Multinational business continuity standards
As we said earlier, NFPA1600 is considered an American standard; therefore it would not be used outside this country. By contrast, while BS 25999 is the designated British standard, it has gained recognition on the world scene, largely through the efforts of the BSI. Does it make sense, therefore, to consider BS 25999 an international standard that is more relevant to multinational companies? And by contrast, would NFPA 1600 be used by U.S.-only companies?
If you have an established program/plan and are looking to have it officially validated against BS 25999, the BSI's audit and certification program makes sense. With regard to certification against NFPA 1600, various consulting firms in this country can audit your program against NFPA 1600 and certify you as compliant. Either way, both options can be expensive, to the tune of thousands of dollars.
A closer look at the NFPA 1600 and BS 25999
The differences between NFPA 1600 and BS 25999 are limited more to structure and language. Content necessary for a BC program can be found in both. Let's briefly examine two issues and compare text from each standard.
4.1 - The entity shall have a documented program that includes the following:
- Executive policy
- Program goals, objectives
- Program plan, procedures
- Applicable authorities
- Program budget
- Records management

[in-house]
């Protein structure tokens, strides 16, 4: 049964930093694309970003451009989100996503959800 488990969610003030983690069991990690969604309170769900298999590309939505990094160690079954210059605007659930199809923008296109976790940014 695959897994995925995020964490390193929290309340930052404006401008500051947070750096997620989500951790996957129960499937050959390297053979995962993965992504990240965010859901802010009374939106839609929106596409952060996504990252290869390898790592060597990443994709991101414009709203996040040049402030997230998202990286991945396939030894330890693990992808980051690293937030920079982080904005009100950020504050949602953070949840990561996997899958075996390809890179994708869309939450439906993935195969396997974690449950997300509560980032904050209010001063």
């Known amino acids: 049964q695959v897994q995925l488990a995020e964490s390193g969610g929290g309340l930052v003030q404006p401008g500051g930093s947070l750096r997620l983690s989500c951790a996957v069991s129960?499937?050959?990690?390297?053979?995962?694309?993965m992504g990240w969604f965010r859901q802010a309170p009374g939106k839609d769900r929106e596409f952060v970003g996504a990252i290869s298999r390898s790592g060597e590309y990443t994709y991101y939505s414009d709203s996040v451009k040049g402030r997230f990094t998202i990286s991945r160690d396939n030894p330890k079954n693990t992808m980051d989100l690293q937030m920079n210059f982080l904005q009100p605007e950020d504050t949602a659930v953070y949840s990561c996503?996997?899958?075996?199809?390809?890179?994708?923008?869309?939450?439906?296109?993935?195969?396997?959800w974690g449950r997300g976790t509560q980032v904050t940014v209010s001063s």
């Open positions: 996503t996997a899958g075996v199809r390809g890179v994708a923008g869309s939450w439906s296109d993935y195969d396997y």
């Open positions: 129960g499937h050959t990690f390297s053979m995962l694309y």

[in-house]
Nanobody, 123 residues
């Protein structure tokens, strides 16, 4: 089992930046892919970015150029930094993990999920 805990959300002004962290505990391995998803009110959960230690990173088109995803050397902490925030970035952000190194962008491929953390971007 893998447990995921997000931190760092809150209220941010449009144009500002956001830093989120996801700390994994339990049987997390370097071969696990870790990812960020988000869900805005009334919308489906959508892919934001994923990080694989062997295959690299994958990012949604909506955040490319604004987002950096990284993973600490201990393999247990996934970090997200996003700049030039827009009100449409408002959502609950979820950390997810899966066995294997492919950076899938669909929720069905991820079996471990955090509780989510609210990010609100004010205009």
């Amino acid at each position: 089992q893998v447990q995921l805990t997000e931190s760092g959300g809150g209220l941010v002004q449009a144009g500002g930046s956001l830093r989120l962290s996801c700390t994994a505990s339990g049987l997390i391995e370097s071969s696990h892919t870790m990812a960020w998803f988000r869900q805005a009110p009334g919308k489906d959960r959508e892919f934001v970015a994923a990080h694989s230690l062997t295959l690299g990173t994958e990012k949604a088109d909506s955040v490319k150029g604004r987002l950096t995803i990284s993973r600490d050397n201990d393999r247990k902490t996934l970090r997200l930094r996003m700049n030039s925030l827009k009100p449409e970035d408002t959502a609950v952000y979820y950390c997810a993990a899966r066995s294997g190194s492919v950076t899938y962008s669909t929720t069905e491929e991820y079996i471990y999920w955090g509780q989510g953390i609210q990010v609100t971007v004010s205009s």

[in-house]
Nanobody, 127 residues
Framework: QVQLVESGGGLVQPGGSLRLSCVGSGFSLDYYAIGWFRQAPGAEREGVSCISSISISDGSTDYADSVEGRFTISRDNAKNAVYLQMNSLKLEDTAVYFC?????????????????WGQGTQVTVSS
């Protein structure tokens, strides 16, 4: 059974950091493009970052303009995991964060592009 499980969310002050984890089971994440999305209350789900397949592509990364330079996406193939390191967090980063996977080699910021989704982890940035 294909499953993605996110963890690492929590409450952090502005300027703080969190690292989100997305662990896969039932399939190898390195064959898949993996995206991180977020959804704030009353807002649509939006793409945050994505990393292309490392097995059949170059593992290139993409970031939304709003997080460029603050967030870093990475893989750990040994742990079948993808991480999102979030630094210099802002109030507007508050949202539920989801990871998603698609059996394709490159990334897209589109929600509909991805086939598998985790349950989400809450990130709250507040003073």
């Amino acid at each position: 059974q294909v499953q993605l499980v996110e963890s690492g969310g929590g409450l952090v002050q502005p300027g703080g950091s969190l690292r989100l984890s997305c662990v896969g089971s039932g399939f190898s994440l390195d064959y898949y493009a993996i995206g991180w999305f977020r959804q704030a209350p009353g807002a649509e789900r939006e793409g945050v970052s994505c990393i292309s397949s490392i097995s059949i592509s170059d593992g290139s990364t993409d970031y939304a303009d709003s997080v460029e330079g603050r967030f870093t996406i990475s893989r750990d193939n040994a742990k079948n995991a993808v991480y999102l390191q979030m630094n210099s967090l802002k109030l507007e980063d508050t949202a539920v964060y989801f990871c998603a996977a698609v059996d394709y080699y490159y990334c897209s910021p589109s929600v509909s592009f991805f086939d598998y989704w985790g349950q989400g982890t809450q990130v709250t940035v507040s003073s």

5.1 - The firm shall establish a Business Continuity Management System (BCMS) to set up, organize and provide ongoing management for a business continuity capability
The program coordinator shall be appointed by the organization and authorized to administer and keep the program current
The organization's management should:
- Appoint or nominate a competent person to be accountable for BCM policy and implementation;
- Appoint or nominate an individual to implement the BCM program (this person may be known as the BC manager).
Despite the differences in language and formatting, you can see that the two standards (at least in these two examples) address the issues largely the same.
Outside the U.S. and U.K., over two dozen standards and related documents have been developed, most within the past three years. One question on many practitioners' minds is when a global standard for BC is likely to appear. Currently, the International Organization for Standardization (ISO) is working on such a standard. Depending on who you talk to, it could emerge within the next 18 months or not appear until five years from now.
So, in terms of which standard is better, the answer is "neither." Each can be used to help establish a business continuity program. The key is not which standard to use, but rather to have a plan that will keep you in business in the event that an incident seriously restricts your ability to function normally.
About this author: Paul F. Kirvan, FBCI, CBCP, CISSP, has more than 20 years experience in business continuity management as a consultant, author and educator. He is also secretary of the Business Continuity Institute USA Chapter.